On the other hand, smaller M.2 NVME SSDs have a low physical profile meaning you can install them in small spaces utilizing the M.2 slot. A laptop is a great example.
With a PCIe 3.0 card and slot operating at the X4 configuration, a user is presented with a maximum theoretical transfer speed of up to 4GB/s, although real-world tasks may not see this kind of performance.
Nevertheless, it’s good to know that the feature is there if you’ll end up needing it.
Also Read: What are PCIe Lanes?
M.2 PCIe vs M.2 SATA SSD
SATA SSDs are quite different from M.2 SSDs in that they use a different connection interface.
A SATA slot is the L-shaped connector on your motherboard. It has been used for many years as a standard to connect devices like SSDs and Hard drives to the motherboard.
With the release of SATA III, the connection saw some performance upgrades but still, SATA SSDs do not perform as well as M.2 PCIe SSDs.
SATA Interface has a transfer speed capped at 6 Gigabits per second which translates to about 600 MB/s. In the real world, SATA SSDs usually hit up to 550 MB/s. However, a PCIe SSD is capable of much more speed than that.
Also, SATA SSDs are more prevalent than M.2 PCIe SSDs because the SATA interface is common on almost all modern motherboards. So, manufacturers tend to develop devices that have a market.
SATA SSDs are larger in profile than M.2 SSDs. With the average SATA SSD measuring about 2.5 inches whereas M.2s come up at a few dozen millimeters.
Mini PCIe vs M.2
A Mini PCIe card (mPCIe) uses the same PCIe bus used by full-size PCIe cards with the added benefit that its size, as well as its connector, are smaller in size.
Because laptops are not large enough for full-sized PCIe slots, mPCIe was the next best solution. An SSD that makes use of the mPCIe interface on a motherboard can leverage the speeds that the PCIe bus allows. With this, users get fast-performing laptops.
M.2 SSDs are much smaller than mPCIe drives. For this reason, M.2 drives are the most sought-after alternative for mobile computing devices.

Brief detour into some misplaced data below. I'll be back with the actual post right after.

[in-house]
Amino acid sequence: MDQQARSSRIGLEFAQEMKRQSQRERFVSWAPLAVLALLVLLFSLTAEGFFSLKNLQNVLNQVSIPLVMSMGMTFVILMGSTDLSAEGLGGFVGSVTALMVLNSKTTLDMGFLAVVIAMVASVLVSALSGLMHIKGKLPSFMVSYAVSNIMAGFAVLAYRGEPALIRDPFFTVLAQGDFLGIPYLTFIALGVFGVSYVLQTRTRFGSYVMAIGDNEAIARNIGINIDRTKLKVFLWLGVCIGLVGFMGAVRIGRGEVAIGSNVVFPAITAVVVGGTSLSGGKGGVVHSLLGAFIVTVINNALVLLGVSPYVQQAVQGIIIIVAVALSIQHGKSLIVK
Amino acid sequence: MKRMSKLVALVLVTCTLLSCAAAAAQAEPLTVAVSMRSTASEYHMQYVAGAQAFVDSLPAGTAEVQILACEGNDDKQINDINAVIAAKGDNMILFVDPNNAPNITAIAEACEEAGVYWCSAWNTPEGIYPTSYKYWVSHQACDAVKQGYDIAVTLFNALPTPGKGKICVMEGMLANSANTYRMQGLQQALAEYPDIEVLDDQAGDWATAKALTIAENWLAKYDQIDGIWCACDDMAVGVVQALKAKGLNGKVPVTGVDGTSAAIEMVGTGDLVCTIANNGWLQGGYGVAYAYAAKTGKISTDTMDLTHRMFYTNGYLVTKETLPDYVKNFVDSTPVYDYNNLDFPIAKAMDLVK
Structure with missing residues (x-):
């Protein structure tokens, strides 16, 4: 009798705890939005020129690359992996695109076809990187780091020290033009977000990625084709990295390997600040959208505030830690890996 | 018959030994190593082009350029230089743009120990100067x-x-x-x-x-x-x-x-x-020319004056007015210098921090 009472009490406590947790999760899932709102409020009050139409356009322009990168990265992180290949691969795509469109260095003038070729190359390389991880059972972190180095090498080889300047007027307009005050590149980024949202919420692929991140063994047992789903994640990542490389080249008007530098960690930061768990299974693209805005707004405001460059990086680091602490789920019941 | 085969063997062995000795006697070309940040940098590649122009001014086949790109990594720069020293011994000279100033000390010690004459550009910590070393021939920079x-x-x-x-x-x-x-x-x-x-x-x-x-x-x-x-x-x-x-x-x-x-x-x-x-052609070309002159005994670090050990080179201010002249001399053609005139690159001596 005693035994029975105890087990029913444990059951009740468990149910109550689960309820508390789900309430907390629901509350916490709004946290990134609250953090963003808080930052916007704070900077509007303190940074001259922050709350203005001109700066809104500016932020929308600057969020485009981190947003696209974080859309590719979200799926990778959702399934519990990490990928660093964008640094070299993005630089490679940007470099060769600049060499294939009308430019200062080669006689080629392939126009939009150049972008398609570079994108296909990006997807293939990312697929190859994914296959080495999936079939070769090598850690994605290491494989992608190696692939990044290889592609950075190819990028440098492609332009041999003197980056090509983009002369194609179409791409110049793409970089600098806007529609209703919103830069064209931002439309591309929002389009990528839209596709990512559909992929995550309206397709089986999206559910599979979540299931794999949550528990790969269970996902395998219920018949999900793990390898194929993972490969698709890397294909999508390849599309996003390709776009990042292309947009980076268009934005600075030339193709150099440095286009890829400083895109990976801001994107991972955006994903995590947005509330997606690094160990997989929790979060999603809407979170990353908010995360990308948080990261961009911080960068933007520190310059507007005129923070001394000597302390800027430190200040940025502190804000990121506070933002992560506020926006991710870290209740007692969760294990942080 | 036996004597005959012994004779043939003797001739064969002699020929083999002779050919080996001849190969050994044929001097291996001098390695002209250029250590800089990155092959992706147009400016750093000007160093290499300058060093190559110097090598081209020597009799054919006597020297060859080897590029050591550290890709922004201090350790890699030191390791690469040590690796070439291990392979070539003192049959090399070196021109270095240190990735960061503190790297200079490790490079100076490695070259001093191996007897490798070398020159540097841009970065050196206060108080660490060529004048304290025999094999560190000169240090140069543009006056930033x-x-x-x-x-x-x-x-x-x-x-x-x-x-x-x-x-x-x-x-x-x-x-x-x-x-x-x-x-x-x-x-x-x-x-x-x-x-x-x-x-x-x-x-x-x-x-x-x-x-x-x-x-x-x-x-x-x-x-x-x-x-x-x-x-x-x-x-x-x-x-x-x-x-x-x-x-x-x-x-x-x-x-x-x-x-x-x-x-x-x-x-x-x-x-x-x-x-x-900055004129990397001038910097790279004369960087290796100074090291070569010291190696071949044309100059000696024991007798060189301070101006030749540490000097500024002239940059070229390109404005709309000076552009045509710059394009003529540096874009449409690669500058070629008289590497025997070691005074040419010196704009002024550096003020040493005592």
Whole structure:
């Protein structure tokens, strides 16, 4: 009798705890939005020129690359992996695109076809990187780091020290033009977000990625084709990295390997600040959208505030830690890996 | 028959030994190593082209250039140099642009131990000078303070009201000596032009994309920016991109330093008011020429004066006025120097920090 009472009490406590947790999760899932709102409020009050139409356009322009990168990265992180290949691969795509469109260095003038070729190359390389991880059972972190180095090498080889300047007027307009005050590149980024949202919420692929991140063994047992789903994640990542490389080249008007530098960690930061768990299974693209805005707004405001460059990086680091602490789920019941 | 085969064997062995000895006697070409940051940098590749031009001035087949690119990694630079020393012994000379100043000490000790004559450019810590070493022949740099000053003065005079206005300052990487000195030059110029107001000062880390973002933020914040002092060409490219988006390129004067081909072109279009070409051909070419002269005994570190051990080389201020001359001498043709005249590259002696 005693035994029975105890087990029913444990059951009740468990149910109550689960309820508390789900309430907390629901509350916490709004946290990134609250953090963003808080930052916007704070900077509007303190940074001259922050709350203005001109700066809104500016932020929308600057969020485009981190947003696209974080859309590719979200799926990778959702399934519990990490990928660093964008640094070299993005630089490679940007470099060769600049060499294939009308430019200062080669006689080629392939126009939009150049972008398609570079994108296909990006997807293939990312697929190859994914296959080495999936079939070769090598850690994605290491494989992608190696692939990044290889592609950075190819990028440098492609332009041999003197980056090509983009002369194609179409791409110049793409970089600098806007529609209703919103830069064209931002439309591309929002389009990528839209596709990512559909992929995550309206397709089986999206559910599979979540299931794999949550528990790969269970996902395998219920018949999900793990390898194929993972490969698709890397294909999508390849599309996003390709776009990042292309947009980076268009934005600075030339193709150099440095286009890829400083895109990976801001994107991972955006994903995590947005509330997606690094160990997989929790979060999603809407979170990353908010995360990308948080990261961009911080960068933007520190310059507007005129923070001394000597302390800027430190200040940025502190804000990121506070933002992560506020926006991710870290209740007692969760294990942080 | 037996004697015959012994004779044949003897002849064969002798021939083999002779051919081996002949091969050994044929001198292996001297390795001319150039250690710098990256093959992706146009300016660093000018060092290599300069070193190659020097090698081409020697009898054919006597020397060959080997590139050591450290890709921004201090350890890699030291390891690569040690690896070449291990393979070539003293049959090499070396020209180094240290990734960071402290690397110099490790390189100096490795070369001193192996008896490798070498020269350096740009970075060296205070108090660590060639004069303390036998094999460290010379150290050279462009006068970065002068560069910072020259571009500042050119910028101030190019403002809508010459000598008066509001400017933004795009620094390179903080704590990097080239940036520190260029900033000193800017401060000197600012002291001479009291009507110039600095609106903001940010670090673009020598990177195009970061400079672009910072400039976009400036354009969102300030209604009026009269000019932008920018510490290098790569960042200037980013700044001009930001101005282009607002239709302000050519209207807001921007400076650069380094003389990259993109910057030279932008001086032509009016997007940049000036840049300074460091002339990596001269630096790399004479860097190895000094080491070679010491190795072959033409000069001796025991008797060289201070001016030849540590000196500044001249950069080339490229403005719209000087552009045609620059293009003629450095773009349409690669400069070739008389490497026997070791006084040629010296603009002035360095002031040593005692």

Additionally, the M.2 standard has been around for much longer than the mPCIe. MPCIe was developed long after the regular PCIe interface. Because of their long-term use, M.2 is great for laptops as well as other devices due to the support that it has.
M.2 vs PCIe
When it comes down to the two, users will have to decide exactly what they are going for because each of these drives fits a very particular use case.
If you are someone who likes to use their desktop and you appreciate high speeds during data transfers as well as great boot times, then the PCIe option will be great.
An M.2 Drive exhibits very high speeds and you can get some high capacity drives that suit your needs.
On the other hand, laptop or mobile computer users will need something more compact but still performs very well. For such users, it’d be best to go for a device with an M.2 interface where you can plug your SSD.
Have you ever been confused about those small SSDs that are only a little larger than a credit card? If so, other devices look pretty similar but are different.
Here we look at M.2 vs PCIe, two standards that offer an interface for connecting several components to your motherboard. Among these are SSDs, some of the fastest flash storage you can get in the market.
SSDs built for either of these interfaces will work fine with computers that they support, however, the best one to choose will depend on a user’s needs since they have their use case.